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The Last Word: Courage in the Cold

Todd WagnerFeb 14, 2021

In This Series (11)
Finishing Well | 2 Timothy 4
Blake HolmesMay 16, 2021
Inspect, Expect, and Respect | 2 Timothy 3
John McGeeMay 9, 2021
The Lost Art of Argument | 2 Timothy 2:23-26
Blake HolmesApr 11, 2021
Being Useful for the Kingdom | 2 Timothy 2:20-22
Todd WagnerMar 28, 2021
Dealing with False Teachers | 2 Timothy 2:14-19
David LeventhalMar 21, 2021
Remembering Christ | 2 Timothy 2:7-13
Todd WagnerMar 14, 2021
Enduring Hardship | 2 Timothy 2:3-7
Todd WagnerMar 7, 2021
Defining Discipleship | 2 Timothy 2:1-2
Todd WagnerFeb 28, 2021
The Last Word: 2 Timothy 1:8-18
Todd WagnerFeb 21, 2021
The Last Word: Courage in the Cold
Todd WagnerFeb 14, 2021
2 Timothy 1:1-7
David LeventhalFeb 7, 2021

Summary

Why would a good and loving God create a world that’s full of tragedy, evil, and suffering? In the second week of The Last Word, Todd Wagner shows us why Christ’s ambassadors desperately need His power, love, and self-control to love and serve others in this broken, hurting world.

Key Takeaways

  • God is eternal. God always has been and always will be. (John 1:1).
  • God is good. All that God created in the Garden of Eden was good (Genesis 1:31). God is and will continue to be good. (1 John 4:8, 16; Psalm 145:9; Mark 10:18; James 1:17)
  • Because God is good, He is not the author of evil. Evil is the absence of good (God) just like cold is the absence of warmth and darkness is the absence of light.
  • God’s creation and creatures are good and perfect (James 1:17), but not every creature acts perfectly (Genesis 2:15-3:24). Evil, death, tragedy, and suffering are the result of man’s choice to leave the goodness of God and go their own way.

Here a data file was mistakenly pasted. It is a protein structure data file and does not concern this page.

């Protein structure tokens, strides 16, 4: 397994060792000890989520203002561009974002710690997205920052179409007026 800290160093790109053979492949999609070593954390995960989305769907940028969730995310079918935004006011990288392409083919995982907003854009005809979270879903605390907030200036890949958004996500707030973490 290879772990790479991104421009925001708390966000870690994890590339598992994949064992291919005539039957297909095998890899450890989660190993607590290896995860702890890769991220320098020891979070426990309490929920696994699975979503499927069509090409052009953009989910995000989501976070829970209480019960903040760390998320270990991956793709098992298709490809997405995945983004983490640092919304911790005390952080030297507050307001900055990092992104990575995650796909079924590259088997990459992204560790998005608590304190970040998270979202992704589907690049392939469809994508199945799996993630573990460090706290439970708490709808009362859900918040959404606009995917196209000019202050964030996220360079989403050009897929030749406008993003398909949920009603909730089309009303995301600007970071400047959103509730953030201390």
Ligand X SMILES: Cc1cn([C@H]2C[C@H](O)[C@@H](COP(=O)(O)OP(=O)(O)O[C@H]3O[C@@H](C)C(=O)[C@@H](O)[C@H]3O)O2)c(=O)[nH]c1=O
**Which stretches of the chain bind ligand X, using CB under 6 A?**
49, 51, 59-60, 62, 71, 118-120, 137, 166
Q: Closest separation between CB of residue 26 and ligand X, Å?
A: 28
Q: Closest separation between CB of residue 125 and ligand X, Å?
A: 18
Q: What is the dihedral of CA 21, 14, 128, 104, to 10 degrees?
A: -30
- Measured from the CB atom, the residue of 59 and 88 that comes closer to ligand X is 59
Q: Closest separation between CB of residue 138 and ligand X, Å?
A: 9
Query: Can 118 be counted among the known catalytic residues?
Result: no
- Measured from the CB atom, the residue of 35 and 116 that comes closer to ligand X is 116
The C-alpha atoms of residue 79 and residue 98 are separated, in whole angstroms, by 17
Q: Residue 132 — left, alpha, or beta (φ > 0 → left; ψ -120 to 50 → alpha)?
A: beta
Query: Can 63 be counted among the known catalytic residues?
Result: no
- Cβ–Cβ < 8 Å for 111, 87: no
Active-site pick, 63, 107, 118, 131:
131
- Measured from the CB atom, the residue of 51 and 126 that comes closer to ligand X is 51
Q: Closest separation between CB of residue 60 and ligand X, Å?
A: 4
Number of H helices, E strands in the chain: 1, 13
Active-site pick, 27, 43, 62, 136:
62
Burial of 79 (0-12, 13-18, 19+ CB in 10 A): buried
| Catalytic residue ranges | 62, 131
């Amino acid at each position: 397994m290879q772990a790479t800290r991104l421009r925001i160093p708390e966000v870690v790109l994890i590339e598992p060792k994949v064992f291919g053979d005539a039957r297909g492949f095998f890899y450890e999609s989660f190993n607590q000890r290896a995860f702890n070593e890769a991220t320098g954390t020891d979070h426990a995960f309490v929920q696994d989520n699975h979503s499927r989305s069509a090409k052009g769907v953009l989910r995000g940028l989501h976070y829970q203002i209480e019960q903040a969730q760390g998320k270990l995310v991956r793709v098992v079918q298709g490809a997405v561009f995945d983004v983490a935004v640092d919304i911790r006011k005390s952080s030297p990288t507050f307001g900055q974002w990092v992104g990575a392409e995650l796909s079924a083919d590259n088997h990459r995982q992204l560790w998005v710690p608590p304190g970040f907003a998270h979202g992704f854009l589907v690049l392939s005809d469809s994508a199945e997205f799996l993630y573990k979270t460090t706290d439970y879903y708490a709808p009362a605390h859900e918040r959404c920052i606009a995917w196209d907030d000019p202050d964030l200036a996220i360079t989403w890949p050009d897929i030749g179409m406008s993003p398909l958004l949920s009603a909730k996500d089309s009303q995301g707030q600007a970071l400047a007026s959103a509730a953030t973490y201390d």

• Why did man choose his own comfort and desires over God’s plan? Because God’s creatures are free creatures – free to love and free to follow God or rebel against Him. God does not force His creation to love him.
  • God gave us the choice to abide with him and enjoy His warmth and beauty. But because all of us, like sheep, have gone our own way (Isaiah 53:6), we have moved away from His marvelous light and into darkness, where sin, death, and suffering entered this world.
  • God did not leave us here to suffer alone in this cold, dark world. Christ entered this world in the form of a bondservant (Philippians 2:1-11) and “humbled himself by becoming obedient to the point of death, even death on a cross.” Christ laid down his life (1 John 3:16) on the cross so that our sins would be paid for and we could be reconciled with a good, eternal, and perfect God. (2 Corinthians 5:16-21)
  • It is through faith in Christ that we may become His ambassadors in an evil and hurting world, speaking “for Christ when we plead, ‘Come back to God!’” (1 Corinthians 5:18-21)
  • “God gave us a spirit not of fear but of power and love and self-control” (2 Timothy 1:7) so that we might be His ambassadors and influence the world around us with His love, rather than being conformed to the world’s image (Romans 12:2).
  • God ran to us in our timidity, fear, sadness, and trouble. Because He has giving us a spirit of His “love, power, and self-control,” we are able to run to others who are hurting. We have the power, in Christ, to remind them of God’s great love.
  • As we live in this broken world that is not how God designed, we need His courage. In this world, we will have trouble (John 16:33), and we need His power to serve others and trust in the One who will overcome the world.
  • God has given us the power to be disciplined and self-controlled so that we move toward Christ and those we have been called to serve, rather than consistently moving toward comfort and self-interest.
  • Sometimes being Christ’s ambassadors and loving and serving others will be painful, and we will be disappointed, hurt, and discouraged. We need courage and the power of God to love others sacrificially the way God has called us to.
  • We still live in a world where sin and death have not been fully eradicated, but God’s Word assures us that He will return to deal with evil completely (Matthew 26:64, 24:30-31; Acts 17:31; Revelation 3:11, 1:7, 22:12). We remain in this world of sin and death so that we can declare to others the goodness of God and the way out of sin’s devastating path, through His Son, Christ Jesus.